The convention’s purpose was to set up the National Equal Rights league to “obtain by appeals to the minds and conscience of the American people, or by legal process when possible, a recognition of the rights of the colored people of the nation as American citizens.” The rights stressed were obvious: the abolition of slavery and the right for Black men to vote. Of importance was the right for these rights to be exercised in the United States and not some colony in Africa or Central America as was first advocated by Abraham Lincoln prior to the Civil War. At the convention, Randolph says:
That, as natives of American soil, we claim the right to remain upon it: and that any attempt to deport, remove, expatriate, or colonize us to any other land, or to mass us here against our will, is unjust; for here were we born, for this country our fathers and our brothers have fought, and here we hope to remain in the full enjoyment of enfranchised manhood, and its dignities.
Randolph had been in New Orleans for a brief time before he rejected and replied to Thomas W. Conway’s proposal letter in the New Orleans Tribune for the extremely controversial idea of sending Black people back to Africa, which had in Conway’s opinion the added benefit of spreading Christianity:
We men of color were born here; so were our fathers, and mothers down a long line of ancestry: Our blood, bones, nerves—every material particle of our bodies was and is composed of American soil, air, water, and our souls are American all the way through, all of which, so it seems to me, constitutes us Americans; wherefore all our attractions, hopes, tendencies, ambitions and applications are American; wherefore again, if we are but apprentice missionaries and colonists destined to African fields, I confess to being so very stupid as not to comprehend the logic of it and so blind as not to see it. What! Are we to go to the lands of our African ancestors because our skins are dark? Are all our sufferings to be rewarded by our removal to African deserts and barbaric climes and places. Ought we colored citizens to even tolerate the idea? No! Never! Here is our home, and here we mean to stay, and on this soil will die, and in it will be buried…We are Americans, and mean to remain such—and Young Americans, too.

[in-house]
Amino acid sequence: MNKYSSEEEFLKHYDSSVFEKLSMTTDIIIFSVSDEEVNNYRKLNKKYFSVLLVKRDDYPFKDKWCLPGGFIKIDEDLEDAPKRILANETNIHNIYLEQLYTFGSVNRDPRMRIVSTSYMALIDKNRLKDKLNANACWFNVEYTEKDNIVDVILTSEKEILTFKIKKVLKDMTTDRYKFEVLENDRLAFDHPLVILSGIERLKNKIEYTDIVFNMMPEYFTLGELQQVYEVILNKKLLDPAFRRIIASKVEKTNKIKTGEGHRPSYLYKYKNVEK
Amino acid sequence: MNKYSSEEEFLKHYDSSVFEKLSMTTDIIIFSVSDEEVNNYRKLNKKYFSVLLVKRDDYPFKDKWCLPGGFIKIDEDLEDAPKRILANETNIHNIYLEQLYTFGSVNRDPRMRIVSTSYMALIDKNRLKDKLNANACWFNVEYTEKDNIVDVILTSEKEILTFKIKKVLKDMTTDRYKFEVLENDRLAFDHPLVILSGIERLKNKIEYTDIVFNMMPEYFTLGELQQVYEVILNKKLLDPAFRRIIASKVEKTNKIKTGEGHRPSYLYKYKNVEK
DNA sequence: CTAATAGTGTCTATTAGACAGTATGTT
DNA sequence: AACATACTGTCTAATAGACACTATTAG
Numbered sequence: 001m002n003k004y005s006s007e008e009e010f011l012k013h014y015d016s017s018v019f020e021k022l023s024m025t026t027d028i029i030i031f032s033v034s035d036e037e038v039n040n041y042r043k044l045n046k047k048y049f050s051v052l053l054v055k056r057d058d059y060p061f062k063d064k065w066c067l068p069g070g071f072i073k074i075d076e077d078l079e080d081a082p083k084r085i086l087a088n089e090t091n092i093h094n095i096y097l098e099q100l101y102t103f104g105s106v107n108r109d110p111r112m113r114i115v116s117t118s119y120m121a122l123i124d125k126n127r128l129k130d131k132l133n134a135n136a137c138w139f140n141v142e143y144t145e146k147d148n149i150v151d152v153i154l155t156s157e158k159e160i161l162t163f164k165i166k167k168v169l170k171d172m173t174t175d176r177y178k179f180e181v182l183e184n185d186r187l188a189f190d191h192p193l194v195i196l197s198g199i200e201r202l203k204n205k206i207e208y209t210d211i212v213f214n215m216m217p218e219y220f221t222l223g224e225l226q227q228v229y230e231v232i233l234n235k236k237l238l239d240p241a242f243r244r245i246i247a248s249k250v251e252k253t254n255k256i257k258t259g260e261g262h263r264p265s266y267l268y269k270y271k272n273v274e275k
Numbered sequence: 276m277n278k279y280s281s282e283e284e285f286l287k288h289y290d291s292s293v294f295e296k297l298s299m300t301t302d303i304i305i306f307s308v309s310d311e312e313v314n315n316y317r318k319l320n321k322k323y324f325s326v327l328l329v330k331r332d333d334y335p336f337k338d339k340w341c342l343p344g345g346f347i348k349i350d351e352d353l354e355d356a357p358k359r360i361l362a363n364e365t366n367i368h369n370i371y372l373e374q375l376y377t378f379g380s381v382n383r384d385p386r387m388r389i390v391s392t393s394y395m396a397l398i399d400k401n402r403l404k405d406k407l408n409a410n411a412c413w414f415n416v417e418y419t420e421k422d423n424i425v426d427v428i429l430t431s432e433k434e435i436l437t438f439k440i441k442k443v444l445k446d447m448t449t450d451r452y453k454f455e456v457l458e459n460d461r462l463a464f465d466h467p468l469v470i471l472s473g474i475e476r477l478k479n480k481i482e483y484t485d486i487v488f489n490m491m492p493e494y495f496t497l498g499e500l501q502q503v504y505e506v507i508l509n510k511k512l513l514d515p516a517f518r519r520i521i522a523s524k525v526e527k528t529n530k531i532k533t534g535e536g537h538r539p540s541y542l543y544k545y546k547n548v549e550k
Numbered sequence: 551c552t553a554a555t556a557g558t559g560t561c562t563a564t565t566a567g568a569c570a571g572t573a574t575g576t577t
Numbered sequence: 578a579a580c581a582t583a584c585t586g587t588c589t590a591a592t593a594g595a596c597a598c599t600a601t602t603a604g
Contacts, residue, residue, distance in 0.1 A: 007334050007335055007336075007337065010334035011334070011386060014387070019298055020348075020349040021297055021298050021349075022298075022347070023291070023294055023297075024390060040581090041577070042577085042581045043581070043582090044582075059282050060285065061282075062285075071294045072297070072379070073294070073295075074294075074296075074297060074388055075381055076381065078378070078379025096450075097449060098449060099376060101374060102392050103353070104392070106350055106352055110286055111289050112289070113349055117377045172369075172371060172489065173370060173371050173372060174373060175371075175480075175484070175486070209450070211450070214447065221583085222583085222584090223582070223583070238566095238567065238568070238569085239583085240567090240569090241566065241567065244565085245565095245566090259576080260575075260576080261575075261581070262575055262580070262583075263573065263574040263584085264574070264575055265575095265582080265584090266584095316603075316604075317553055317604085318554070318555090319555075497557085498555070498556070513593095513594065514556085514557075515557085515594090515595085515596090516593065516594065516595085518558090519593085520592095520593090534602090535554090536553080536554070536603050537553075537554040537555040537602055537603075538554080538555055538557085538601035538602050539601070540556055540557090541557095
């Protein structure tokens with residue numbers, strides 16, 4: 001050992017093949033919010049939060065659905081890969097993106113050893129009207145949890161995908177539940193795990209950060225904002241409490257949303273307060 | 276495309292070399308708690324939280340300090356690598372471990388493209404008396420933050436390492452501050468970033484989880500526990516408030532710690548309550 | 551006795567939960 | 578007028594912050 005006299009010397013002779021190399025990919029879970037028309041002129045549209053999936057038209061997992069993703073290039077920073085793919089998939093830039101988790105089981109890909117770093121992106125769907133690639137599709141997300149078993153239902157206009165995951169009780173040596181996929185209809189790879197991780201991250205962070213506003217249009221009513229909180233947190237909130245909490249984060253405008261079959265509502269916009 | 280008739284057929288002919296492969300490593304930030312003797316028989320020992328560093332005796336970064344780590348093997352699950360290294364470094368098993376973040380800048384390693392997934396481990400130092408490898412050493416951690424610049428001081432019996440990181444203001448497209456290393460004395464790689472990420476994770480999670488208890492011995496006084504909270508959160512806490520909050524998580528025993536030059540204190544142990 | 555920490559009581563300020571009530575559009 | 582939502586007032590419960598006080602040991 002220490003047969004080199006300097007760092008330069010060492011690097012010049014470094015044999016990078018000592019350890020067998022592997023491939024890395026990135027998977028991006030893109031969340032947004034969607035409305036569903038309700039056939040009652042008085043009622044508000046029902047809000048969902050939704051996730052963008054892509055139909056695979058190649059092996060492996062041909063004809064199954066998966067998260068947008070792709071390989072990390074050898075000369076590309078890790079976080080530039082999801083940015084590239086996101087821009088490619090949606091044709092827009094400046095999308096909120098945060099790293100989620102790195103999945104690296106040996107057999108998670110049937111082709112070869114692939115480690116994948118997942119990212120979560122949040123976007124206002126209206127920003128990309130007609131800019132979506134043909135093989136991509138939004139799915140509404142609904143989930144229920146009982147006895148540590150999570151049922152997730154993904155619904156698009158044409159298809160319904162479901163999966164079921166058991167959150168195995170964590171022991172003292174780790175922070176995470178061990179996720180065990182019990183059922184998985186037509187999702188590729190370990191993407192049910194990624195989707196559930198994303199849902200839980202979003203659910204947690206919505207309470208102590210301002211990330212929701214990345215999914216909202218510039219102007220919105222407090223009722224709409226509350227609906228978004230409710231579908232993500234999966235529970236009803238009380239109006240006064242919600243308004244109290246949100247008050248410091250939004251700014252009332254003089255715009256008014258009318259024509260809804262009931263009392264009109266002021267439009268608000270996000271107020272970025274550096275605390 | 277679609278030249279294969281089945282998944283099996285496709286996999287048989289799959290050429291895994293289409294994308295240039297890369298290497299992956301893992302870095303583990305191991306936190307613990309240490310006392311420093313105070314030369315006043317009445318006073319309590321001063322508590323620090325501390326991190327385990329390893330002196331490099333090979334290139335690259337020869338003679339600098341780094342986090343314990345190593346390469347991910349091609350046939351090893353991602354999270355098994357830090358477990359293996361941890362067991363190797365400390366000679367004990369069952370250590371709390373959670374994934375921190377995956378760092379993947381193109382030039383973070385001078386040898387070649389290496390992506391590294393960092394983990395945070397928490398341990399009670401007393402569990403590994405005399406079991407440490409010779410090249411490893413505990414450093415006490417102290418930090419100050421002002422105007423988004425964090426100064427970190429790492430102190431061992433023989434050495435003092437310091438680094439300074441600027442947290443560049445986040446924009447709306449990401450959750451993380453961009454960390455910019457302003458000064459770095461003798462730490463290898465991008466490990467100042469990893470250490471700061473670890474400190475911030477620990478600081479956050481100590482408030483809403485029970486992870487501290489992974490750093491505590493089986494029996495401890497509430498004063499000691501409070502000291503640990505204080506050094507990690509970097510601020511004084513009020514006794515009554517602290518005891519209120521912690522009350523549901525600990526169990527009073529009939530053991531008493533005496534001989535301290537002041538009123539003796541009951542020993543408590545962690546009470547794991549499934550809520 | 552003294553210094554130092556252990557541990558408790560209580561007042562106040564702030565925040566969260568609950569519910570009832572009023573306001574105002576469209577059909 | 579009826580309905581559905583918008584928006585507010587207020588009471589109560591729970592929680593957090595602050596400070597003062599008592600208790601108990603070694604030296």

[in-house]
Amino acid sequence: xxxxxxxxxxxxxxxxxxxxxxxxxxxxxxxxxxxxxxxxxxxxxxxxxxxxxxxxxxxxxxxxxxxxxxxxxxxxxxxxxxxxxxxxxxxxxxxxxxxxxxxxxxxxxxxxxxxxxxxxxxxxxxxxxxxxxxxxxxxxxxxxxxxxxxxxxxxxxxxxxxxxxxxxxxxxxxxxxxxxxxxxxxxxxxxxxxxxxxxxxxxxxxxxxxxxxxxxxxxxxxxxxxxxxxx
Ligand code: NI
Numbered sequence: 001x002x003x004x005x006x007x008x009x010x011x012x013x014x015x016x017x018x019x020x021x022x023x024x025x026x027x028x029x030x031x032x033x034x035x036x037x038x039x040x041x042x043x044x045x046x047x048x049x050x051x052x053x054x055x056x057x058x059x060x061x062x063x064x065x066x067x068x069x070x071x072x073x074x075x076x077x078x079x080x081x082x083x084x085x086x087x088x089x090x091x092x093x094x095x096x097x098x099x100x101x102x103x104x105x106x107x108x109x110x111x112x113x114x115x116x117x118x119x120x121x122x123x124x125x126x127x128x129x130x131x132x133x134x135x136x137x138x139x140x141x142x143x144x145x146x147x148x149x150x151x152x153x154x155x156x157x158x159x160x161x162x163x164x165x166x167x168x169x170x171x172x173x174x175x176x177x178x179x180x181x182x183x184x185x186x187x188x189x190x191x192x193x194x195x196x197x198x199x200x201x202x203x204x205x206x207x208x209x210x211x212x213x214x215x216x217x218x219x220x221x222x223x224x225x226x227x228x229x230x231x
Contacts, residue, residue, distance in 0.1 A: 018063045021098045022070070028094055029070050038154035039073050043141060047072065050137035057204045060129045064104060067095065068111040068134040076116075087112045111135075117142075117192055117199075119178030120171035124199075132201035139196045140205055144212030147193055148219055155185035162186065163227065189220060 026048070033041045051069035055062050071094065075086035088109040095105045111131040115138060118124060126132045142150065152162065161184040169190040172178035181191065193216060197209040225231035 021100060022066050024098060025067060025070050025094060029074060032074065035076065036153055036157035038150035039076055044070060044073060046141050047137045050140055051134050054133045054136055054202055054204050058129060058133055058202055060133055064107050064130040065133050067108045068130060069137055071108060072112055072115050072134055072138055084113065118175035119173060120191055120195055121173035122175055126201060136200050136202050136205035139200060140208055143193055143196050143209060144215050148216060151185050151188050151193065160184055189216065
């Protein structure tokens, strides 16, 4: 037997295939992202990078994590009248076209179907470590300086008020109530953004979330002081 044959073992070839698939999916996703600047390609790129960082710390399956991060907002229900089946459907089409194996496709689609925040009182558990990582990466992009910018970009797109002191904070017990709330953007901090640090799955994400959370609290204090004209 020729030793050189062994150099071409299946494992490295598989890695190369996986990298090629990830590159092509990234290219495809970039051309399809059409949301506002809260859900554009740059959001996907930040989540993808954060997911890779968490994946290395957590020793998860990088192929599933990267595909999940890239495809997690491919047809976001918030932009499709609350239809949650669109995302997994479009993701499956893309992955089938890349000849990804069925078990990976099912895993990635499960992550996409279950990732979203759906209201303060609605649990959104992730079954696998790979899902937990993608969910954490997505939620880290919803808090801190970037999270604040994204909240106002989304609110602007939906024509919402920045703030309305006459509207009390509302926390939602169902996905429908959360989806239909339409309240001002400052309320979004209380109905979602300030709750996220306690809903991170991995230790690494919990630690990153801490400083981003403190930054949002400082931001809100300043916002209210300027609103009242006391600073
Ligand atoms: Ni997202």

During Randolph's stay in New Orleans, he was at first welcomed by the local Black Creole people but before the end of the Civil War he offended the Louisiana branch of the National Equal Rights League after a convention at which he was invited to speak. He had later rashly described the convention as “a very small clique of very small men, whose day of power is already waning.” I’m not exactly sure what he was thinking here, but it is obvious there was conflict and he was no longer welcome as he was publicly condemned for not being worthy in their community and not “a true representative of the North.”
Following this situation, Randolph's purpose shifted and he became dedicated to teaching newly freed slaves in Louisiana. In August 1865, he was employed at the Freedmen’s Bureau schools in New Orleans. By October, after being tested for qualifications, he became a principal teacher at “Lloyd Garrison School—Colored” on Coliseum Street.
Randolph taught for a short time, but went back north due to the political upheaval during Andrew Johnson’s presidency (Lincoln’s Vice President who took over after his assassination) that did not support protecting the rights and well being of newly emancipated African Americans. Johnson supported Southern conservatives and undermined Reconstruction, which would affect Black communities for the next hundred years.
This book has been a fascinating read of not only a spiritual medium, abolitionist, writer, occultist, but of the history of the United States during the 19th century! Reading Randolph’s biography has filled in a lot of holes about Civil War history and the history of magic and the occult.
Randolph’s biography reveals the past to me in ways I didn’t fully understand. I realize now that there were quite liberal voices in the US during that time, quite comparable to our modern era. It seems that US History books have tried to obscure these voices, but this biography, nay historiography by Deveney, is a monument to a 19th-century occultist whose magic left its mark on modern Western esotericism.
Randolph was such a brilliant and interesting character. He is a historical figure whose legacy was largely neglected until recently. (Although occultists have been familiar with his work.) I wonder if this was because he was a Black man, or was it the sexual nature of his magical works? Perhaps it was all a little too far out there for American sensibilities. In recent years, he has been receiving more and more recognition for his contributions.
There's so much more about him that I didn't get to write about here: his childhood in Five Points, NY, his marriages, children, and the years leading up to his death—one incident where he was arrested & jailed for a few days for purveying free-love literature.
His is a most intriguing story, which totally merits a biopic! Somebody please do a feature-length film or television series on P. B. Randolph.